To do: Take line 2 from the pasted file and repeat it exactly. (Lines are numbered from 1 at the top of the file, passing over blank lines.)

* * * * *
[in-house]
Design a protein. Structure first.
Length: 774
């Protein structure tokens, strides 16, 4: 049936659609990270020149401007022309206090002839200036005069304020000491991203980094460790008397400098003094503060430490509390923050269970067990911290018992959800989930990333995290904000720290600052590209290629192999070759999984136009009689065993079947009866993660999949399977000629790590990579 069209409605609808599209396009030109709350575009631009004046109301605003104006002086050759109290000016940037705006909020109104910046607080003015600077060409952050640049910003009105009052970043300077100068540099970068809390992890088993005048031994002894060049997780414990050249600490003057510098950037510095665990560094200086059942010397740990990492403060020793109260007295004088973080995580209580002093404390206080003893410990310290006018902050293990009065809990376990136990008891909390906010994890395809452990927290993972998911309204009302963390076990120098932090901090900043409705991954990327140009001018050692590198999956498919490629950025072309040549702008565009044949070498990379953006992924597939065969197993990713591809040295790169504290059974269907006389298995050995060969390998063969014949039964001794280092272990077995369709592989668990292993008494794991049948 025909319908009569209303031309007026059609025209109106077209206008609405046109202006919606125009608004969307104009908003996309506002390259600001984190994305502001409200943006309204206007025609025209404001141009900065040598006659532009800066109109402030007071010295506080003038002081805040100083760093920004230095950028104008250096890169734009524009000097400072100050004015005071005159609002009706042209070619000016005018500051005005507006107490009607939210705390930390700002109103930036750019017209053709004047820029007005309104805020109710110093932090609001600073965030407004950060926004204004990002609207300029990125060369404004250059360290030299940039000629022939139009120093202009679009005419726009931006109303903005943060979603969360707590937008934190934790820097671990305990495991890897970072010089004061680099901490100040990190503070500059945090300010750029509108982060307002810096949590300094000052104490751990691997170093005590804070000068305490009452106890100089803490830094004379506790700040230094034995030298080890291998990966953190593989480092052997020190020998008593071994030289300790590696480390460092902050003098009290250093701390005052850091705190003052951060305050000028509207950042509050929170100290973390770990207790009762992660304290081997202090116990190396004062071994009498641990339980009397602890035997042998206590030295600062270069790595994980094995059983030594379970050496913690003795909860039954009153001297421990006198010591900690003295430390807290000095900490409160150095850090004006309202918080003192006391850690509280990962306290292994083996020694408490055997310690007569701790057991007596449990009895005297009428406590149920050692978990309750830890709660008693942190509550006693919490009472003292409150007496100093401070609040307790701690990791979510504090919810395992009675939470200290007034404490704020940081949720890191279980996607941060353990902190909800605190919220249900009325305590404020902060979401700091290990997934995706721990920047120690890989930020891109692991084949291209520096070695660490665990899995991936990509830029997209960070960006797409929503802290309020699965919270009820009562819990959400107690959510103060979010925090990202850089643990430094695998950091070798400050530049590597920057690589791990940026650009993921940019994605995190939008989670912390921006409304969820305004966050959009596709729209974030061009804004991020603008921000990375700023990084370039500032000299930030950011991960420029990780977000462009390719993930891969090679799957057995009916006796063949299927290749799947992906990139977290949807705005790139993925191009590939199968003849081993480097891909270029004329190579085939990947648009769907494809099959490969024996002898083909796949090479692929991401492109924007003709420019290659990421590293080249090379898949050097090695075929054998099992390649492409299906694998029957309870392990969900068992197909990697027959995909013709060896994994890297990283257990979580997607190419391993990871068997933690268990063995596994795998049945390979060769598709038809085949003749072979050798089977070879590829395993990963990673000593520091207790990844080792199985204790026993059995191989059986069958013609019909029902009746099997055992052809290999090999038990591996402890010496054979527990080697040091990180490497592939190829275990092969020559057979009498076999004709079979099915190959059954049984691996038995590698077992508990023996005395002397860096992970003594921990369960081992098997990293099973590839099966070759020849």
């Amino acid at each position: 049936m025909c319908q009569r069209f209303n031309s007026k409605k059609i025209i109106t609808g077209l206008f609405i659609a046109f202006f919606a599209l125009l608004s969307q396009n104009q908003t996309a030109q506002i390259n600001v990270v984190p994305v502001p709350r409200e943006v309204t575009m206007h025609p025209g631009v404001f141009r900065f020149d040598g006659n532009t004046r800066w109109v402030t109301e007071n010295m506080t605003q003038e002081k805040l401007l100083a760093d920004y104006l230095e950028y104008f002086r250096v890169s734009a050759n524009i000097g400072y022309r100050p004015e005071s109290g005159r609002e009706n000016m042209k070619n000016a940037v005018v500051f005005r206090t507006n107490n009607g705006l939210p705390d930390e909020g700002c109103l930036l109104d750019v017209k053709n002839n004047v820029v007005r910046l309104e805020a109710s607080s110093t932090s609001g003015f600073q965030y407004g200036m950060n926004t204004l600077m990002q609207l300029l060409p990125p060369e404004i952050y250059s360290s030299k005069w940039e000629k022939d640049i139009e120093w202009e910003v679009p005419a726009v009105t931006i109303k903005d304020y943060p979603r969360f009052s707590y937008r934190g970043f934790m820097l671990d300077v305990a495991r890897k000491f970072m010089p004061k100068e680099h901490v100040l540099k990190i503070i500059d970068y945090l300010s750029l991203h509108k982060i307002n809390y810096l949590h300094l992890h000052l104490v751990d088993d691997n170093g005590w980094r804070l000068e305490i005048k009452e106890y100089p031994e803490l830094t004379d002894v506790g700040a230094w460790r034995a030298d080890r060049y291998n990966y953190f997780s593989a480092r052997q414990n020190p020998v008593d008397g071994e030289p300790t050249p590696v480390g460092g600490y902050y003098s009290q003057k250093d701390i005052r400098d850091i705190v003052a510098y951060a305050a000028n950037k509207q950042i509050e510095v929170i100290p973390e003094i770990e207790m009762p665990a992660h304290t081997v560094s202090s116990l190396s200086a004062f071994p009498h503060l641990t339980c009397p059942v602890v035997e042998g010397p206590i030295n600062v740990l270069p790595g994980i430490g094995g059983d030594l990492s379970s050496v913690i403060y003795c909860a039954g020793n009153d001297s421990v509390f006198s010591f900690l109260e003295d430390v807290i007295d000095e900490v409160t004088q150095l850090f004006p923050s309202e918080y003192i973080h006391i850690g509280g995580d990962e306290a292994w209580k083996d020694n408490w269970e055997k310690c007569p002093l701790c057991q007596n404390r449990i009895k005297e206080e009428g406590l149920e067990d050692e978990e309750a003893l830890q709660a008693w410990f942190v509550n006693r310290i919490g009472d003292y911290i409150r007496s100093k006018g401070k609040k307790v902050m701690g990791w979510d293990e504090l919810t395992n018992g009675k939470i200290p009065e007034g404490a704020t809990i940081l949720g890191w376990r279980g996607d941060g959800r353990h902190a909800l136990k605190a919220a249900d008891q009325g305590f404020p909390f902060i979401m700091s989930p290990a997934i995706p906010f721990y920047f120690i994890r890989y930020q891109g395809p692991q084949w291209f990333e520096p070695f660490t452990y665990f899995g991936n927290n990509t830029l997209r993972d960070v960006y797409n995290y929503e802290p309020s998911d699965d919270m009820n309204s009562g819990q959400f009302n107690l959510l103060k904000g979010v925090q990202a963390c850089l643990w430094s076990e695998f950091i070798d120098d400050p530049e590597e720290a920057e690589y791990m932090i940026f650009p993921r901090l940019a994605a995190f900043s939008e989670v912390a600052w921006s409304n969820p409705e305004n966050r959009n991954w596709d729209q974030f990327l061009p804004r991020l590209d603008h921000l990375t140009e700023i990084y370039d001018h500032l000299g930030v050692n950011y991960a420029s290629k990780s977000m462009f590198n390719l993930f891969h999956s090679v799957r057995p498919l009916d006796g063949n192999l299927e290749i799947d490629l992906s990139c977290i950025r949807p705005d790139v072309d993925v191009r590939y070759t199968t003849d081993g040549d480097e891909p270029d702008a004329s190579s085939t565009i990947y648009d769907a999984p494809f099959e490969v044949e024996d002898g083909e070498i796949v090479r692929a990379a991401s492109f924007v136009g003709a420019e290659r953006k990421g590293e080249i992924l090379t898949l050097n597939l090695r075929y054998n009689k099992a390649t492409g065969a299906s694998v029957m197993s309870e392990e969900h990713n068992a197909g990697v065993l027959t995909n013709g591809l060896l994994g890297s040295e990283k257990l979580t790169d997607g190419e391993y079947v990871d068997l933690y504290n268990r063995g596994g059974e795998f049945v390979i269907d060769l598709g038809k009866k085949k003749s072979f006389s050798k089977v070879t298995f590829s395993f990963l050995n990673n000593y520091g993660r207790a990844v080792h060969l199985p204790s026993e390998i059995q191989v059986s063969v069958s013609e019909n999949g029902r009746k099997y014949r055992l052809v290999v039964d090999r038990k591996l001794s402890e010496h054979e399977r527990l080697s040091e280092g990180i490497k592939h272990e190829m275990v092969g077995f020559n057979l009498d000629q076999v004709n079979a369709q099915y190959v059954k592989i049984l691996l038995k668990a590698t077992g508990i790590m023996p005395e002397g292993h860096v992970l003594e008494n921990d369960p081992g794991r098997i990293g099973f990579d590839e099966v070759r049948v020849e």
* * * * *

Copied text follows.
Design a protein. Structure first.